Our EU contributions amount to just 0.6% of the UK's annul total expenditure and the amount each person pays per day is less that the price of buying The Sun every day.   Her husband reads The Sun. She has no internet and her only source of information will be The Sun, the ITV news she sometimes watches and her friends.  She admitted she didn't know the effect of voting in or out but she was swaying towards out for financial reasons. 


Already since the result we have seen the pound fall by the single biggest amount in 31 years thus making goods imported into the UK more expensive.  Look around and tell me how much of what you can see around you was imported?  Clothes from China, car from Europe, food from around the world?  I would hazard a guess and say not many British made goods.  With a weak pound I now reckon the higher price of imported goods will cost each citizen more than the money the UK puts into the EU per head.  I hope I am wrong but I fear I am not.  Oh and as for £350,000,000 per week (or 78p per person per day), apparently that was a half truth as it did not make any mention of the money we got BACK form the EU.  But hey, who needs the whole truth when you are voting for your country's future?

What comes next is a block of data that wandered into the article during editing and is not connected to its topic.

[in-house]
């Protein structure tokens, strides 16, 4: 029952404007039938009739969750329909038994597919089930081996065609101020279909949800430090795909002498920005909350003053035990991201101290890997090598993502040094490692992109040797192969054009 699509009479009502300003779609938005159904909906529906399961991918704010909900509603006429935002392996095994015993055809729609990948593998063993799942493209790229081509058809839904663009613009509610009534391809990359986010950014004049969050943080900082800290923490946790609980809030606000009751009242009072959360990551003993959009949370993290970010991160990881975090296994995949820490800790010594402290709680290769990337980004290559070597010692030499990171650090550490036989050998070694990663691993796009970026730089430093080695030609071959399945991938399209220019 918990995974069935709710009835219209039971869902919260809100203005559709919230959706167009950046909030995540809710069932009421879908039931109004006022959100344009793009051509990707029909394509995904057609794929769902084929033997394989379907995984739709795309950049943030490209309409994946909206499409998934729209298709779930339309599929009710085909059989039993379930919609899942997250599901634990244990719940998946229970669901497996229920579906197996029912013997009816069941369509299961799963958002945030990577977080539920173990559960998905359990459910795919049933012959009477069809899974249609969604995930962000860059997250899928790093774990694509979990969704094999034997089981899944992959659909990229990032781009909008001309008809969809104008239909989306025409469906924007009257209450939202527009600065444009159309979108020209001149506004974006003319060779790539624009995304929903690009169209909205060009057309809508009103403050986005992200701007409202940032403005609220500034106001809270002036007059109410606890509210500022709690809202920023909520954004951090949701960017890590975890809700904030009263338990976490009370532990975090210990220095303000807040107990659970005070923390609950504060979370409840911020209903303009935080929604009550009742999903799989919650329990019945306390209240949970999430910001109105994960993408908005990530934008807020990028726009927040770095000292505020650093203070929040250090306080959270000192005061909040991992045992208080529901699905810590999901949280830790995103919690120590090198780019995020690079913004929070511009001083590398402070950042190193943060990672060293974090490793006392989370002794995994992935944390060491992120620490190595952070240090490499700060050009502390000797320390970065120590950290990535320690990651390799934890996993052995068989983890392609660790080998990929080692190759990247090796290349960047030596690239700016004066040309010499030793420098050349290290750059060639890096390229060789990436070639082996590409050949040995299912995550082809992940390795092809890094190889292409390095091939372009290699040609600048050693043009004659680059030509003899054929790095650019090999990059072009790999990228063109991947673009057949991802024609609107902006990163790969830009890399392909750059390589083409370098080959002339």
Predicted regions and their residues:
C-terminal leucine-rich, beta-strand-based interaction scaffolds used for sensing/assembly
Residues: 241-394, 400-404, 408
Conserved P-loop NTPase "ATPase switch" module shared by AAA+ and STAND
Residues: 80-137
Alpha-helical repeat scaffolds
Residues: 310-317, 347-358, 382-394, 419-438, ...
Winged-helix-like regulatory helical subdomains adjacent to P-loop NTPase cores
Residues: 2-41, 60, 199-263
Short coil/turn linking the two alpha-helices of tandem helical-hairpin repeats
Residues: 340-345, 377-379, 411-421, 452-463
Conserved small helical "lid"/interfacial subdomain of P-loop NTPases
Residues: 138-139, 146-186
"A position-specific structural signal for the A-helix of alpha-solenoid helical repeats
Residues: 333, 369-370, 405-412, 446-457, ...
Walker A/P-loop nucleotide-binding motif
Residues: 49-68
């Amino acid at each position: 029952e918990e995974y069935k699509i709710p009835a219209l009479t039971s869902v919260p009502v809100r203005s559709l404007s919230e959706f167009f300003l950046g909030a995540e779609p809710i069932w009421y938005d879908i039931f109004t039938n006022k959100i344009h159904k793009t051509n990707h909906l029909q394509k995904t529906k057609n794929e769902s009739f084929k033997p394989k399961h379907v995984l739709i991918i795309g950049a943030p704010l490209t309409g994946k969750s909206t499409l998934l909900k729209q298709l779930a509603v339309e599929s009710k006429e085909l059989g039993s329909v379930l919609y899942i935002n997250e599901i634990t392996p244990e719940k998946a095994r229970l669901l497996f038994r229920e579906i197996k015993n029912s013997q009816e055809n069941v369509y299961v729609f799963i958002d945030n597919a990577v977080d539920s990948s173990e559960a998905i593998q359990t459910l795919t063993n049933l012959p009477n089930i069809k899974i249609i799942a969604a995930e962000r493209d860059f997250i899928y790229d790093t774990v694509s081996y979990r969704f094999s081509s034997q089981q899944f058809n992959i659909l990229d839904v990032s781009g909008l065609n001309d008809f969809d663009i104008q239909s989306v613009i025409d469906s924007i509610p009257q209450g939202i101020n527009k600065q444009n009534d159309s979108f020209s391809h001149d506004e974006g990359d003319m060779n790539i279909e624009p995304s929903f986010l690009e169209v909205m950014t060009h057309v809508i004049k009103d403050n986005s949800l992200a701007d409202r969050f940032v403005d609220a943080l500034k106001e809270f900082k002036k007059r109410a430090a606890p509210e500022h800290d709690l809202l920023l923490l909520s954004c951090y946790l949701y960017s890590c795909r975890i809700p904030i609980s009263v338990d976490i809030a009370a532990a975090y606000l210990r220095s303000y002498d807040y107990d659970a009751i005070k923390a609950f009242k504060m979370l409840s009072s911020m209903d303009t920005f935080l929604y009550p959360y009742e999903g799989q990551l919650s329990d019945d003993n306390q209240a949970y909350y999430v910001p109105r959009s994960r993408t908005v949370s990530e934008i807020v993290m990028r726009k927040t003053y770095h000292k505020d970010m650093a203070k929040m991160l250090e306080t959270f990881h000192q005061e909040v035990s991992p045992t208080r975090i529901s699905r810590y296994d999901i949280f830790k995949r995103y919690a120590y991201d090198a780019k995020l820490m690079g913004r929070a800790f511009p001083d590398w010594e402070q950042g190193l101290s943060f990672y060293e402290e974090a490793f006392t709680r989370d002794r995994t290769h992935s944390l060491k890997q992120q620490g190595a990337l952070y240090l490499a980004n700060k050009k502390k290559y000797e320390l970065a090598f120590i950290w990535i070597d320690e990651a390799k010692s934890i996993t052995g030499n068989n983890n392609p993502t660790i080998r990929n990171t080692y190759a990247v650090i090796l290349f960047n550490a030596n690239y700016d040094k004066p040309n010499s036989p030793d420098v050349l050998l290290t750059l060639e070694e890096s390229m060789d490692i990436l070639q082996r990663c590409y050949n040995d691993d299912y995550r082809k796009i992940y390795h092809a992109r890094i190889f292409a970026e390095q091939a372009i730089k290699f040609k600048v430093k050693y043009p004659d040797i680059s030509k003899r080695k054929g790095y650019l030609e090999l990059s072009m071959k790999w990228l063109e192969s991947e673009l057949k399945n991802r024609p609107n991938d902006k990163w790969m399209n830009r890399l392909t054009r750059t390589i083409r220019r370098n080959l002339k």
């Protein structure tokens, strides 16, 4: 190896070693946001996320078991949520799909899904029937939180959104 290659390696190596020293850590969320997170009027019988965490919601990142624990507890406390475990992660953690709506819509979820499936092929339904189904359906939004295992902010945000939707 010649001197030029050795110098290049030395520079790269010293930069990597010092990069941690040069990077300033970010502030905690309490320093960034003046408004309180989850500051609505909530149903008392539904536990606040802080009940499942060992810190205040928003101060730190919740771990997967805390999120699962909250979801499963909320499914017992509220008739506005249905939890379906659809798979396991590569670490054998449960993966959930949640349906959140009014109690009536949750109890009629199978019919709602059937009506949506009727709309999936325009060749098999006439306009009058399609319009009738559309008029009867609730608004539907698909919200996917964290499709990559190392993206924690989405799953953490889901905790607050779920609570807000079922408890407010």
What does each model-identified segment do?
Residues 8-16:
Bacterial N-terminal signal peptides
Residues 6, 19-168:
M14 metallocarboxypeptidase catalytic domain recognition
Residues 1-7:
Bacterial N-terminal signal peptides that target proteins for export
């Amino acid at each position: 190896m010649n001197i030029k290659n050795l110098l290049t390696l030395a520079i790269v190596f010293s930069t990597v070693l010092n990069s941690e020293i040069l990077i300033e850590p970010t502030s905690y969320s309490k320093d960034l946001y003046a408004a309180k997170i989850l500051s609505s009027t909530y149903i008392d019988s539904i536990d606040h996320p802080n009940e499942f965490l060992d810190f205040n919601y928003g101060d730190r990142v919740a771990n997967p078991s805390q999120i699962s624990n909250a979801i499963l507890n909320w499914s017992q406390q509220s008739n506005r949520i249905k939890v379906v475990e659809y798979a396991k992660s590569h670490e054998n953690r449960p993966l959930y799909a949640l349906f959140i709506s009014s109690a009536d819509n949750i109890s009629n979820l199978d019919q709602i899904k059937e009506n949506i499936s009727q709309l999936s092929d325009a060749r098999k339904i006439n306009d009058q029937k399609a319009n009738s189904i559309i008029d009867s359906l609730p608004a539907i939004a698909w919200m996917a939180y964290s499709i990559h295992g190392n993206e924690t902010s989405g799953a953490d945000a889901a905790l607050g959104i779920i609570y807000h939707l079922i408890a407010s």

My friend thought she would be financially better off out of the EU and on that issue alone she put a cross in the leave box.   Her vote counted towards all the votes and now the UK is leaving the EU.

I very much doubt she was alone. 

Some, it would seem, did not even know what the EU is and Google reported that 8 hours after the polls closed searches for the term "what happens if we leave the EU" had more than tripled.   A woman was also reported on the ITV news as saying she is:  "very disappointed" by the results.  The woman continued by saying that "reality" has now hit her and that given her chance again she would vote to remain.  She based her decision on the (mis)information she heard and saw up to the time of the vote.